• Collateral damage – When an attack kills innocent people (or damages homes, hospitals, schools, etc.).
  • Armed intervention – This simply means “military attack.”
  • Extraordinary rendition – This is when an army takes someone away without going through any legal system.
  • Friendly fire – This is when an army kills people on its own side, usually by accident.


Euphemisms for death

English Euphemisms for death

It’s always a difficult subject to talk about, so it’s no surprise that we have some euphemisms to talk about death.

Here are the most common ones. All of these mean “she’s died.”

  • She’s passed on.
  • She’s passed away.
  • She’s met her maker.
  • We’ve lost her.
  • She’s been put to sleep / put down. — for describing when a pet has to be killed by the vet


Euphemisms for “bad”

English Euphemisms for bad things

It’s good to have lots of different ways of saying “bad,” right?

For example, there are some adjectives that make “bad” even more direct, like “awful,” “terrible,” “horrible,” etc.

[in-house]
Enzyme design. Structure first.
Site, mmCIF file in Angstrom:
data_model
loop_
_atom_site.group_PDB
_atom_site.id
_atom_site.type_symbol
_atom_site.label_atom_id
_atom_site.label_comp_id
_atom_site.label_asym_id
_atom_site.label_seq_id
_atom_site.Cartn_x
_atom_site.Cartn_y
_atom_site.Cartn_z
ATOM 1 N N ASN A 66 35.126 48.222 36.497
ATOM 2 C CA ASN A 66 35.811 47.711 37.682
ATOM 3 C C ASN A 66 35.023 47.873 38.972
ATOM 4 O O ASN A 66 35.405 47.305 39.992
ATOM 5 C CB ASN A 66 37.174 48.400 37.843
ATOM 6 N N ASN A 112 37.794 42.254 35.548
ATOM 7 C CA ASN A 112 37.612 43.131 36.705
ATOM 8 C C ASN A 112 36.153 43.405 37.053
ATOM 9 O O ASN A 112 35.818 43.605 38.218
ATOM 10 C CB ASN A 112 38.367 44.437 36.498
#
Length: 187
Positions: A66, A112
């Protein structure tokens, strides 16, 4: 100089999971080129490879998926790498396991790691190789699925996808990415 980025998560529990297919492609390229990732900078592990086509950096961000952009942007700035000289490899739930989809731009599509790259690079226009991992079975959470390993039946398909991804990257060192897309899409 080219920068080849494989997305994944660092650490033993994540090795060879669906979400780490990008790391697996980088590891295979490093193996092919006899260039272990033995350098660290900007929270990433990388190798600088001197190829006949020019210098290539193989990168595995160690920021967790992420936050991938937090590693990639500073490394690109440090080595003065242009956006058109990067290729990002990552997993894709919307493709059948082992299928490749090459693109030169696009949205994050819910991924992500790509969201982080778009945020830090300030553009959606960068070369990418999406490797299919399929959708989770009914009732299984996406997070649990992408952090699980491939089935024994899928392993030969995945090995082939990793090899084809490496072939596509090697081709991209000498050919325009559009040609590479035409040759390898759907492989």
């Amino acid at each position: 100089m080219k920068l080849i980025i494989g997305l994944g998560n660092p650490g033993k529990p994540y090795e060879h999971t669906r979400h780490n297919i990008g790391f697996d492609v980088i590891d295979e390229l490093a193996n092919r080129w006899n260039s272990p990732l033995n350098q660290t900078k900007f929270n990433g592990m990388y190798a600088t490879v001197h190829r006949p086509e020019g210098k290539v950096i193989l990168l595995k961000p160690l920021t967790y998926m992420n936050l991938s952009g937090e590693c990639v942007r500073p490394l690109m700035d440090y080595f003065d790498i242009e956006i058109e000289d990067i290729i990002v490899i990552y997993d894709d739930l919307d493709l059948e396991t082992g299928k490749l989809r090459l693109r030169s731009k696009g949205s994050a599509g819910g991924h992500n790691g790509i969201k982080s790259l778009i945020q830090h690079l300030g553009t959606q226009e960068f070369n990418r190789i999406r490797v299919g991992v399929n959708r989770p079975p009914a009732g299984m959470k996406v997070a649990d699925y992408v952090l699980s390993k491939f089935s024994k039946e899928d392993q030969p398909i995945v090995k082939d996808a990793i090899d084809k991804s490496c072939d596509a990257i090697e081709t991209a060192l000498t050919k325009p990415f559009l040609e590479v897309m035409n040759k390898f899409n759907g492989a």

But what if you want to make it more polite and less direct?

  • It wasn’t up to scratch. — It wasn’t good enough.
  • It left a lot to be desired. — It was pretty bad and unsatisfying.
  • That was a questionable idea. — There are problems with this idea.
  • How was the trip? It was … Meh — How was the trip? It wasn’t that good at all. Not terrible but not good.

OK. You can now use these euphemisms to sound less direct, and more polite and diplomatic.

You can also understand more of what on earth they’re talking about on the news.

So here are three sentences — can you make them less direct and more polite?

  1. “I’m afraid your work is not as good as it should be.”
  2. “Maybe they won’t fit you. You’re a bit fat.”
  3. “I’ve got to warn you about my cousin. He’s such a rude guy.”

Write your answers in the comments!

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43 thoughts on “25 Common English Euphemisms

  1. #4
    Don’t say “I’m dying for a cuppa” to Russians not adding “figuratively” it’ll be a complete turkey. 🙂

      1. Latecomer…..meaning someone who arrives late? If so, I had a boss that used to say good afternoon if arrived late in the mornings. With a smile of course. 🙂

          1. We always say to someone who is late, “next time don’t forget to set your alarm.”